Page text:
The Flea Life Cycle
Fleas reproduce much like butterflies do. Females lay eggs, which hatch into worm-like larvae. The larvae spin cocoons and become pupae. An adult flea emerges from the cocoon. In a population of fleas, about half are eggs, and about five percent are adults.
Female fleas can lay eggs only if they've had a meal. If a female emerges from her cocoon and isn't able to find food, she'll die without reproducing. But once she's eaten, a flea can lay close to 20 eggs at a time, for a total of 500 eggs during her lifetime.
Most of the time, fleas lay their eggs on their host. The eggs are completely smooth, so they slide off of the host and land in its environment. In people's homes, the eggs sink deep into carpet fibers and into floor cracks. Outside, flea eggs settle into the soil. Flea eggs are white -- the black specks you see on flea-infested animals and their bedding are particles of dried blood and flea droppings.
In order to develop, flea eggs need a warm, moist environment: a temperature of about 70 degrees Fahrenheit (21 degrees Celsius) and 70 to 85 percent humidity. In these conditions, the eggs hatch in about 12 days. This 12-day window is one of the reasons why it can be hard to get rid of fleas. Some insecticides kill adult fleas but not eggs, which means a whole new set of fleas can emerge after the adults have died.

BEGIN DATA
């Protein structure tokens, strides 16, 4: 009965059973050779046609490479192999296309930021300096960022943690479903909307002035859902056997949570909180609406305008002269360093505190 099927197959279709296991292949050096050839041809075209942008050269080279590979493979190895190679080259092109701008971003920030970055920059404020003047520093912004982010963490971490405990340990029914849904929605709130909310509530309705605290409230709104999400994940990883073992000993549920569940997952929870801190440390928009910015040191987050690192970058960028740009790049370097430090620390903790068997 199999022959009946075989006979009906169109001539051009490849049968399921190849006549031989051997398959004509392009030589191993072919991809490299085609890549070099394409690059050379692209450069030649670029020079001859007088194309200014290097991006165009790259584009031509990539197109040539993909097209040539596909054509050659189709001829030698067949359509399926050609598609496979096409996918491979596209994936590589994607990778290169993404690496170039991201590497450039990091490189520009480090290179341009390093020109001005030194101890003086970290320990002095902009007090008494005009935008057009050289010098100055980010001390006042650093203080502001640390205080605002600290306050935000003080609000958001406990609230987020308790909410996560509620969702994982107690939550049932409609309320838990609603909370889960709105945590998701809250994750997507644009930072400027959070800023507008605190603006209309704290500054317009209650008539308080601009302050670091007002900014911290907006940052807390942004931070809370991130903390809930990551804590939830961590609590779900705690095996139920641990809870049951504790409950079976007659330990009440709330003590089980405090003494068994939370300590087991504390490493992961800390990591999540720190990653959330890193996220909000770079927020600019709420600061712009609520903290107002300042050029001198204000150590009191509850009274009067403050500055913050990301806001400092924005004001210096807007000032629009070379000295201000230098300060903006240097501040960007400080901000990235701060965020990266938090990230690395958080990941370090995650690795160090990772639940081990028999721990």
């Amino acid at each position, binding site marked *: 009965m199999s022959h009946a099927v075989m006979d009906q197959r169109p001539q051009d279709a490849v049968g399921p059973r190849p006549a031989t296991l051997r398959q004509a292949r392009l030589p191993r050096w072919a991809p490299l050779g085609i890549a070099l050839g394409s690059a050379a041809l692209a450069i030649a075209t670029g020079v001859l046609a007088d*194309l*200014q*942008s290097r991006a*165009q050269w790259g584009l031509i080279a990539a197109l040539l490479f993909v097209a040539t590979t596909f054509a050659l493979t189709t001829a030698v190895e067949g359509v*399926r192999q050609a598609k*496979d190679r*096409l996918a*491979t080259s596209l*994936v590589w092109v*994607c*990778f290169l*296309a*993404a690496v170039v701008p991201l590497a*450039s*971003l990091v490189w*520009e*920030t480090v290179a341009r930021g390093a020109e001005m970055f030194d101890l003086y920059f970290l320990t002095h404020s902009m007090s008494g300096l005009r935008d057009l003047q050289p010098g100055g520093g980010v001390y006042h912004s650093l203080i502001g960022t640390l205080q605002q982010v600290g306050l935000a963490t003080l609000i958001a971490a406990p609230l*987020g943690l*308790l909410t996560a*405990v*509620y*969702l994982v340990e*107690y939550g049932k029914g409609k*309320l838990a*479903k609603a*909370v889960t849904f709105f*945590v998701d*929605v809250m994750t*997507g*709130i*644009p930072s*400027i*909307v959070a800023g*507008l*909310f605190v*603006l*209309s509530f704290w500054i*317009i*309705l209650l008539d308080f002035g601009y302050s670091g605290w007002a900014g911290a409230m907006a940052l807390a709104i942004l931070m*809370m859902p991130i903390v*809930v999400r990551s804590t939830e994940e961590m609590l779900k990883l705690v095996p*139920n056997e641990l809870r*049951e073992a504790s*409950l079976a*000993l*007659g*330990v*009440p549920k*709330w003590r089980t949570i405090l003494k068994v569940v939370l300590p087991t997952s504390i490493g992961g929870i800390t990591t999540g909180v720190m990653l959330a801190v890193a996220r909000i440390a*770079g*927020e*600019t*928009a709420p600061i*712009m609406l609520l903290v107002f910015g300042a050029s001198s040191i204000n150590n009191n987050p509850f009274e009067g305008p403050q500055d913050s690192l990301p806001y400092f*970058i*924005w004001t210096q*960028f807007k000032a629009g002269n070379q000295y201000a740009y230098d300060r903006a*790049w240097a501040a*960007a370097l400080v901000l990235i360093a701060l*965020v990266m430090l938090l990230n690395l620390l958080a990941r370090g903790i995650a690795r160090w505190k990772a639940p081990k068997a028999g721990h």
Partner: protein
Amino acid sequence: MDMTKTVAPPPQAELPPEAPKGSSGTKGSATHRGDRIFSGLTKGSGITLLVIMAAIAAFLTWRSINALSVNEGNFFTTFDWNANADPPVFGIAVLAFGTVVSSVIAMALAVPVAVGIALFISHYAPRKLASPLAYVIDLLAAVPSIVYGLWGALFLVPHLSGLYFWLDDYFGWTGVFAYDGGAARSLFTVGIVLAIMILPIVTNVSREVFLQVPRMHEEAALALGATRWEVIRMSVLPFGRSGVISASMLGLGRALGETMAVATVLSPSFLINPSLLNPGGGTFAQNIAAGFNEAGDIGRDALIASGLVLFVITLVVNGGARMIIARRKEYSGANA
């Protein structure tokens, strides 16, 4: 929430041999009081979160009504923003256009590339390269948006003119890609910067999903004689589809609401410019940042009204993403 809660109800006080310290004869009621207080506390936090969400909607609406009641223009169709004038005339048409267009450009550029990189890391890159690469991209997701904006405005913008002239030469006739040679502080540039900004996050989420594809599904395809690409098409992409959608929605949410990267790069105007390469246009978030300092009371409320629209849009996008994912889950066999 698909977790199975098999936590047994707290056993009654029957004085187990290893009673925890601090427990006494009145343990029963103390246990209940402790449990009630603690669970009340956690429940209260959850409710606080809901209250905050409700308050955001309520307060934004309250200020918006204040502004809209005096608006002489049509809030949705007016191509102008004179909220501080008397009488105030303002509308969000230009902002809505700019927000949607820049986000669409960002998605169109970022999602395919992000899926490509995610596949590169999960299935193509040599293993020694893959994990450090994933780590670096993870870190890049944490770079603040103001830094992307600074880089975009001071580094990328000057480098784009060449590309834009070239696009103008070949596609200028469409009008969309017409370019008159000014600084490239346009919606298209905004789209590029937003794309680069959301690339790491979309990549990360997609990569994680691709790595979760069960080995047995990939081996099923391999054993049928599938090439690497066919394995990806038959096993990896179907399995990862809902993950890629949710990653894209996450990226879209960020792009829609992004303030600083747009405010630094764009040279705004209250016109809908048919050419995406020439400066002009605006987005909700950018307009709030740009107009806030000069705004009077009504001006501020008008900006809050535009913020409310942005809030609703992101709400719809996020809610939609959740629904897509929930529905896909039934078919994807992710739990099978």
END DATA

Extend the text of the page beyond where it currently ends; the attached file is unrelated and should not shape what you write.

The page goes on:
Flea larvae are about 1.5 millimeters long and look like white, segmented worms. They avoid light and migrate toward cracks in the floor, where they remain for their development. Unlike their parents, the larvae don't eat blood. Instead, they eat skin cells, flea droppings and other debris. Larvae develop through three stages, or instars, molting after each.
After a week or two, flea larvae spin silk cocoons. They attach pieces of dirt and debris to their cocoons as camouflage. If food is plentiful, the adult flea emerges after about a week. Otherwise, the flea may stay in its cocoon for up to a year.
Although flea larvae and adults have completely different eating patterns, what they eat has a big impact on the diseases fleas can carry. Next, we'll take a look at flea-borne illnesses and complications from flea bites.